Russian Airborne Troops to Get Airborne Version of Tigr All-Terrain Vehicle (Video)

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The Russian Airborne Troops will soon receive an upgraded version of the Tigr all-terrain infantry mobility vehicle. Tests of the new version are currently carrying out.

Russian Airborne Troops to Get Airborne Version of Tigr All-Terrain Vehicle (Video)

Photo: YouTube / TASS

The Russian Airborne Troops (VDV) will soon receive an upgraded version of the Tigr all-terrain infantry mobility vehicle, the TASS news agency reported on Wednesday. According to the Head of Media Relations of the Military Industrial Company (VPK LLC), Sergei Suvorov, tests of the new version are currently holding.

“The Tigr is planned to be airborne. Tests are already underway. The fall hammer tests [throwing the vehicle from a special tower that simulates landing] have already been carried out. A platform revision is currently holding,” Sergei Suvorov said.

TASS has got footage of the vehicle’s fall hammer tests. The video shows a successful landing of the Tigr after the throw from a height of about 5 meters.

The Commander of the Russian Airborne Troops, Vladimir Shamanov, outlined plans to develop an airborne modification of the Tigr in January 2015. According to him, the decision was made by the Chief of the General Staff of the Russian Armed Forces.

Wiki tip:

The GAZ Tigr (Russian: Тигр and English: Tiger) is a Russian 4×4, multipurpose, all-terrain infantry mobility vehicle manufactured by GAZ, first delivered to the Russian Army in 2006. Primarily used by the Russian Federation’s armed forces, it is also used by numerous other countries and organizations.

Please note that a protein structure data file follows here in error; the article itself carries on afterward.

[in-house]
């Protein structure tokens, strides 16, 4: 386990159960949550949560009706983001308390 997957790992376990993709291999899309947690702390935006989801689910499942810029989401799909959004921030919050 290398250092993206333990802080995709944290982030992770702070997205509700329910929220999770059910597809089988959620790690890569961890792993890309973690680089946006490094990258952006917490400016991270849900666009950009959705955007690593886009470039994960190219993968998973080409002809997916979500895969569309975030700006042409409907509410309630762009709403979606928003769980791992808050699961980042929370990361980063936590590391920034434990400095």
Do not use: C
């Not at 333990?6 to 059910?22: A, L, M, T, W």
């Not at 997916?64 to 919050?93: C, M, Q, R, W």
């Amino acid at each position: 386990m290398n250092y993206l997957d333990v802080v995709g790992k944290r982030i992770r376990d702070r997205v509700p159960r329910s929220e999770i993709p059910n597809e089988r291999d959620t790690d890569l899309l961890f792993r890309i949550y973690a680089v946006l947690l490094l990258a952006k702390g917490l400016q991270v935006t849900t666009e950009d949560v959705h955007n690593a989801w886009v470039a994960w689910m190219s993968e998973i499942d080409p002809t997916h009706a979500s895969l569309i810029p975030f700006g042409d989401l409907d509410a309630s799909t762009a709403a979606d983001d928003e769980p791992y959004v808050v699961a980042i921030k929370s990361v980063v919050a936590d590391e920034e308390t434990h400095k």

The Tigr was first shown as the IDEX exhibition in 2001. Pilot production started in 2004 with 96 vehicles. The Russian Army officially adopted the GAZ-2975 into service at the end of 2006. The vehicle was then officially manufactured in 2007.

The vehicle was designed to transport troops and various equipment quickly on road and off-road. It has a chassis frame construction, with a traditional layout of front engine, middle crew compartment, and rear cargo area. Standard features include: power steering, independent all-wheel torsion suspension with hydraulic shock absorbers and stabilizer bars, a transfer case with a locking center differential, limited slip differentials, two-speed transfer case, automatic tire inflation, engine block heater, and electric winch.

The GAZ-233001 has optional air conditioning, stereo, electric windows, and an anti-lock braking system.

Armored versions of the Tigr feature 5 mm (0.20 in) (7 mm (0.28 in) for the SPM-2) heat-treated and stress-relieved armor plates. The Tigr can carry a half ton of cargo.

The available engines are a Cummins 5.9 L (360 cu in) B180 turbodiesel with 180 hp (130 kW); a Cummins 5.9 L (360 cu in) B205 turbodiesel producing 180 hp (130 kW); a Cummins 5.9 L (360 cu in) B-214 turbodiesel making 215 hp (160 kW); or a GAZ-562 3.2 L (200 cu in) turbodiesel with 197 hp (147 kW).

Designed for performance in mountain, arctic, and desert environments, the Tigr is capable of operating at ambient temperatures ranging from −14–50 °C (7–122 °F). Moreover, the vehicle has approach and departure angles of 52 degrees and a wading depth of 1.2 m (3.9 ft).

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